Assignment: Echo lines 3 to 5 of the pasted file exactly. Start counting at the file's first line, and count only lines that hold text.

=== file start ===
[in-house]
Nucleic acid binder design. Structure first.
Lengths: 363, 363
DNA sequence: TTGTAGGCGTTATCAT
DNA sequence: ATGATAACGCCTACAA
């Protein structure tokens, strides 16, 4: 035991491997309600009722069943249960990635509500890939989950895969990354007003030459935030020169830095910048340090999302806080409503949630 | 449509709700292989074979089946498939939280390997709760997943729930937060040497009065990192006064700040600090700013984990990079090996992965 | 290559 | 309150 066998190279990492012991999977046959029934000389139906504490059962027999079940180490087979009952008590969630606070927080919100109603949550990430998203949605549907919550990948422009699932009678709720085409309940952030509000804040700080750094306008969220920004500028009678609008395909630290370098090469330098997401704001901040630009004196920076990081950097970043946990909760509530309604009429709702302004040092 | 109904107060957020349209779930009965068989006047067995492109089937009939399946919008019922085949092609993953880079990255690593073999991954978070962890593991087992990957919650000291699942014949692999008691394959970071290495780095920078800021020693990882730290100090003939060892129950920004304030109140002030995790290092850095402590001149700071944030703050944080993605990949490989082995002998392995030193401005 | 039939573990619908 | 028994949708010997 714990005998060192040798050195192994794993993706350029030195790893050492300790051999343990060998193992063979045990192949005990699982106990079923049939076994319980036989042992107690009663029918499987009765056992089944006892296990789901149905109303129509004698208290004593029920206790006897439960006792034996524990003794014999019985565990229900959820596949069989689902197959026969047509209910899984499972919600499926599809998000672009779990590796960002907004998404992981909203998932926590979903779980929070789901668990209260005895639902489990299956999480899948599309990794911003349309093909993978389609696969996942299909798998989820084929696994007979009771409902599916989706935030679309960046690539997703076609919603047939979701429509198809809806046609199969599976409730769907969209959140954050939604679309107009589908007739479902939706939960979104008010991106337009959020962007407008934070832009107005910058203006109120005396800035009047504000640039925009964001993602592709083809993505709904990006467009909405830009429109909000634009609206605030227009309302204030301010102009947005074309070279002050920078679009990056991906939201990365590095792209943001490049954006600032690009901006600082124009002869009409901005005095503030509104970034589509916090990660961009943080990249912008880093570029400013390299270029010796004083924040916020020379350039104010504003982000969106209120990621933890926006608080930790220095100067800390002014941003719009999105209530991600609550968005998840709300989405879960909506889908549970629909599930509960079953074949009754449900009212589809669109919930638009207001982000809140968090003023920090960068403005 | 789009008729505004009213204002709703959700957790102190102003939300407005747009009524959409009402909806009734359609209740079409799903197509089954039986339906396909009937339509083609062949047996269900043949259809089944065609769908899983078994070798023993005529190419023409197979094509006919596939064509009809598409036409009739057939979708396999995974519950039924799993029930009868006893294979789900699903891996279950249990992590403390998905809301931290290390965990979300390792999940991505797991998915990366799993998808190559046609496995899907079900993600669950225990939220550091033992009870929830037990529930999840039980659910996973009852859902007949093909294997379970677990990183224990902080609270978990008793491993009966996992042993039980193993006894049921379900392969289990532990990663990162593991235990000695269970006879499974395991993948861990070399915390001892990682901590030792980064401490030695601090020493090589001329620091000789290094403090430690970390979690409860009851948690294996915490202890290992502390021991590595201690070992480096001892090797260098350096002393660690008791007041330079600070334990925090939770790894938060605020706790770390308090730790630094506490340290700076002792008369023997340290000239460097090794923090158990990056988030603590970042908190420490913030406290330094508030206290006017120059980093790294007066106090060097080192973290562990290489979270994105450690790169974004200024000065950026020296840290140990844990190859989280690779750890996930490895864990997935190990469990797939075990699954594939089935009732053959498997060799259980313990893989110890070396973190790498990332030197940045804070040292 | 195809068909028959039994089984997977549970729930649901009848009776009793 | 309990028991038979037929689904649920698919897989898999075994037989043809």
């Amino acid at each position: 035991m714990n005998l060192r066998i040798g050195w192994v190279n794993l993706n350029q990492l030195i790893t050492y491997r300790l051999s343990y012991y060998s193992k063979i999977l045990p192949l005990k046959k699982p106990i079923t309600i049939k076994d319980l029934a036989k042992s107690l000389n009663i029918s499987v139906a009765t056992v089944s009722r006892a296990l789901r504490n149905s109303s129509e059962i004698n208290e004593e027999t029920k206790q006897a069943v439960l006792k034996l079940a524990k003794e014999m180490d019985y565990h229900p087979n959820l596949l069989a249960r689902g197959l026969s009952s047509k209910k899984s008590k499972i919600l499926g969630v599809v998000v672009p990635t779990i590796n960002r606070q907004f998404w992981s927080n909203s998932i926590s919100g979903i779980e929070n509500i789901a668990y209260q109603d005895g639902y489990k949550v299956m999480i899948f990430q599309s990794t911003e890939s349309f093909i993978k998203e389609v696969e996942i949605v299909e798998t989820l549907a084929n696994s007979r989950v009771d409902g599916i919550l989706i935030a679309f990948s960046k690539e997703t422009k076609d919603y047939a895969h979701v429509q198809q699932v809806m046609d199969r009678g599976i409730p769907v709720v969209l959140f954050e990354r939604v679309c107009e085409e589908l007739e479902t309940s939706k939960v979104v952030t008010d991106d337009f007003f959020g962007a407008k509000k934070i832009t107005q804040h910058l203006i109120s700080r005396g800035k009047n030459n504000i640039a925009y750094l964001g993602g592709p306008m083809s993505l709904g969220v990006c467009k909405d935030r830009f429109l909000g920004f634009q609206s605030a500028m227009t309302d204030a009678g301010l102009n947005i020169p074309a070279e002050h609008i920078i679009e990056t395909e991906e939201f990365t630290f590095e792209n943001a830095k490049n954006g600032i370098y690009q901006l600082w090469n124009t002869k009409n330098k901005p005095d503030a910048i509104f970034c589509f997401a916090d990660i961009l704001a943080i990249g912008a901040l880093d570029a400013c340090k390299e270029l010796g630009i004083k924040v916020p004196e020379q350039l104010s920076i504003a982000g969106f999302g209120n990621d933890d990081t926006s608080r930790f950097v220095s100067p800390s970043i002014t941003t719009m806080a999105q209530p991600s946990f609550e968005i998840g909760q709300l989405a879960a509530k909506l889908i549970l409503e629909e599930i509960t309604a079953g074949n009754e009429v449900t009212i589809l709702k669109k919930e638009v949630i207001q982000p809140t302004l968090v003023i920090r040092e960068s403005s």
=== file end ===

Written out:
Lengths: 363, 363
DNA sequence: TTGTAGGCGTTATCAT
DNA sequence: ATGATAACGCCTACAA